U.S. Treasury prices fell on signs that the labor market might be on the mend.
Traders often move money into Treasuries when they are nervous about the health of the economy. Signs that the economy is improving lead them to sell bonds.
The price of the 10-year Treasury note fell 40.62 cents for every $100 invested Thursday. That pushed the yield up to 3.41 percent from 3.36 percent late Wednesday. Bond yields rise when their prices fall.
The U.S. Labor Department said fewer people applied for unemployment benefits last week, evidence that layoffs are slowing. The average number of unemployment applications over the last four weeks dropped to the lowest level since July 2008. The numbers also put pressure on the bond markets until next week when the monthly employment report comes out April 1.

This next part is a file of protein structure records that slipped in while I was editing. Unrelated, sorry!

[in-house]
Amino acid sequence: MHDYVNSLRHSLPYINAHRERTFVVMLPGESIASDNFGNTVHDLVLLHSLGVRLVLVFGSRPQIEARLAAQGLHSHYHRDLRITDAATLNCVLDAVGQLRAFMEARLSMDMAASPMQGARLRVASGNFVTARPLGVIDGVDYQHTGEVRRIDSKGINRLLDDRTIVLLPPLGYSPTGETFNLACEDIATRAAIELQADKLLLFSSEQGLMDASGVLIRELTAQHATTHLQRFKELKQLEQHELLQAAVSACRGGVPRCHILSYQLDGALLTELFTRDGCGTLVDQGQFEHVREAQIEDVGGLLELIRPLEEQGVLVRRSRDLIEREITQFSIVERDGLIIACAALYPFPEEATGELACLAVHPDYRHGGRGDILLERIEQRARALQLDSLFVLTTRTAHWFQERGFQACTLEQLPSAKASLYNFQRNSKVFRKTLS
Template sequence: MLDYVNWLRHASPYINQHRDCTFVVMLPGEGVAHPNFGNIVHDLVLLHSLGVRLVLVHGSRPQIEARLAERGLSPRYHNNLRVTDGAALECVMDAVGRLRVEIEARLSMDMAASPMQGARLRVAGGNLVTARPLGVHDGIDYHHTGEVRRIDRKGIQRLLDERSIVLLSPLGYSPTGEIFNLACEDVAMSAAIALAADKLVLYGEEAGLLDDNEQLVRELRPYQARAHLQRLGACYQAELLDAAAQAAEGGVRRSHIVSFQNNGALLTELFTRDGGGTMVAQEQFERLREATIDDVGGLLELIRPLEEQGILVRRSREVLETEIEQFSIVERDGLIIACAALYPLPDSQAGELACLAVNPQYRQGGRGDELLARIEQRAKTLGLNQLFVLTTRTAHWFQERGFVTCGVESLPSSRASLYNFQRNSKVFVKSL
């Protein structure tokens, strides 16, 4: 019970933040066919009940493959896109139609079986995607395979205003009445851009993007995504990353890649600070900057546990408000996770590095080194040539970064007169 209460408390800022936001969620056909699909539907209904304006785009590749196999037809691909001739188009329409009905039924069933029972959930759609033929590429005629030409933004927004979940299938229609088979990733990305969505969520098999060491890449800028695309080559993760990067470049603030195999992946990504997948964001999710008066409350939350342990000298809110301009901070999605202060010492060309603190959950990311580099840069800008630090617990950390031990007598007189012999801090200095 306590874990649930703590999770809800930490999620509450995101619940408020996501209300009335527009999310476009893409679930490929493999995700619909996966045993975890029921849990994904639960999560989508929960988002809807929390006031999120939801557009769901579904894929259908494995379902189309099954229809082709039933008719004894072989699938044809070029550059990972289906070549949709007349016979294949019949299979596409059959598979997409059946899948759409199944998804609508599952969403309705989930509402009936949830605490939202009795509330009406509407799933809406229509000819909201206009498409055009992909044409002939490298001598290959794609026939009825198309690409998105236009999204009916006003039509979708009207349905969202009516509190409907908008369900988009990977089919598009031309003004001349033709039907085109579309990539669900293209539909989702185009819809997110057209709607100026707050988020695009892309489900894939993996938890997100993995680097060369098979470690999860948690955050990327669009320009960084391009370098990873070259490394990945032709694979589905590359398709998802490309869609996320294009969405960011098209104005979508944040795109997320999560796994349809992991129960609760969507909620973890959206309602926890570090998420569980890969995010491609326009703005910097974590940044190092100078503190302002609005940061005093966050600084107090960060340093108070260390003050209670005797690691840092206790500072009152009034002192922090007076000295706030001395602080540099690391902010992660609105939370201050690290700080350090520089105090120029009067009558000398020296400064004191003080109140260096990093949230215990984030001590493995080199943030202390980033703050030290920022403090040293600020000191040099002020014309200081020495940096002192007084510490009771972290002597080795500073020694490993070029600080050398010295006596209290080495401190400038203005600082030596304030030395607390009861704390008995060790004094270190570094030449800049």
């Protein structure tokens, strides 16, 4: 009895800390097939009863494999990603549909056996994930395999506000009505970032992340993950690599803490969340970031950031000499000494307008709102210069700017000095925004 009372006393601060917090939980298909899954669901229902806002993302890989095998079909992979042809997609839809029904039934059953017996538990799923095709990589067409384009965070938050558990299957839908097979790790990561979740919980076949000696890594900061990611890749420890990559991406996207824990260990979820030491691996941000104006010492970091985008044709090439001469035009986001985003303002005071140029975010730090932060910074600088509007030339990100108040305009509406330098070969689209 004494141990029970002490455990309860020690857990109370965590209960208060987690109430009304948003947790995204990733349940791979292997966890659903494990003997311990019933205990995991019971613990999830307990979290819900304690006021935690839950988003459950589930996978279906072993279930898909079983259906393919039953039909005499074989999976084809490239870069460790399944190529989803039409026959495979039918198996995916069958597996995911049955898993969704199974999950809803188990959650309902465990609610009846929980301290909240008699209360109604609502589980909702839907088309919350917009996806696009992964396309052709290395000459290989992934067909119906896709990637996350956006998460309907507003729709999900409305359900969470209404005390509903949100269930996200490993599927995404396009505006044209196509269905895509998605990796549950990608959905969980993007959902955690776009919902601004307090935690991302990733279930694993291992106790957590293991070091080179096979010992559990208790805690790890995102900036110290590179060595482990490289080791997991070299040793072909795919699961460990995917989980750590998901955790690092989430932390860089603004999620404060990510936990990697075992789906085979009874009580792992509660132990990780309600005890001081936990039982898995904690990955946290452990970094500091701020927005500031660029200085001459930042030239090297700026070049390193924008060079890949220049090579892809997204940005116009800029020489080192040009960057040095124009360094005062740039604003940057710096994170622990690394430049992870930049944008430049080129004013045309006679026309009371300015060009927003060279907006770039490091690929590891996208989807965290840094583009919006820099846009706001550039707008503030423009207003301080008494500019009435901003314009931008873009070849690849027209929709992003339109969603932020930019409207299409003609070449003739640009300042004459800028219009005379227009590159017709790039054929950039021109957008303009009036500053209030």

Positive economic news has taken overtaken worries over high oil prices, the unrest in Libya, Europe's debt issues, and Japan's nuclear crisis.
In other trading, the 30-year bond fell 50 cents, sending the yield up to 4.49 percent from 4.44 percent the day before.
In the market for short-term Treasury bills, the three-month T-bill remained flat at 0.08 percent. Its discount was 0.07 percent.